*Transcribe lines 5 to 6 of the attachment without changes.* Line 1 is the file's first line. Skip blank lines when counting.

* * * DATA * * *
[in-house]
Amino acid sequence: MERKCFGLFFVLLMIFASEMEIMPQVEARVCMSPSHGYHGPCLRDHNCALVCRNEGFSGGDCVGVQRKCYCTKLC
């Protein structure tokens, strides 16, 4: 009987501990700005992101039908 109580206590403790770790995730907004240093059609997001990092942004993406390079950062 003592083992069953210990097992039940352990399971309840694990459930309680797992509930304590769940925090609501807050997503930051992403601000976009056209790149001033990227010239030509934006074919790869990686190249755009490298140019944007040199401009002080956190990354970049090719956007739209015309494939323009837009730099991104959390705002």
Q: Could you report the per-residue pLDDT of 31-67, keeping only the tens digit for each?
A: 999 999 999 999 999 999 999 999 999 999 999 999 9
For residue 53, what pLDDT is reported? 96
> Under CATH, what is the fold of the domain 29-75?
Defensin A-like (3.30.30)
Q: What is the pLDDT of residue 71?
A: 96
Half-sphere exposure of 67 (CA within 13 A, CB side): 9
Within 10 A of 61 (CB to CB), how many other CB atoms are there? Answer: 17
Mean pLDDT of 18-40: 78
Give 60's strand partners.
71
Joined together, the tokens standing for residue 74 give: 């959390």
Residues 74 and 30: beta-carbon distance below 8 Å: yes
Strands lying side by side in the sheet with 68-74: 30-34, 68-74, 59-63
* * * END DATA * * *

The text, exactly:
A: 999 999 999 999 999 999 999 999 999 999 999 999 9
For residue 53, what pLDDT is reported? 96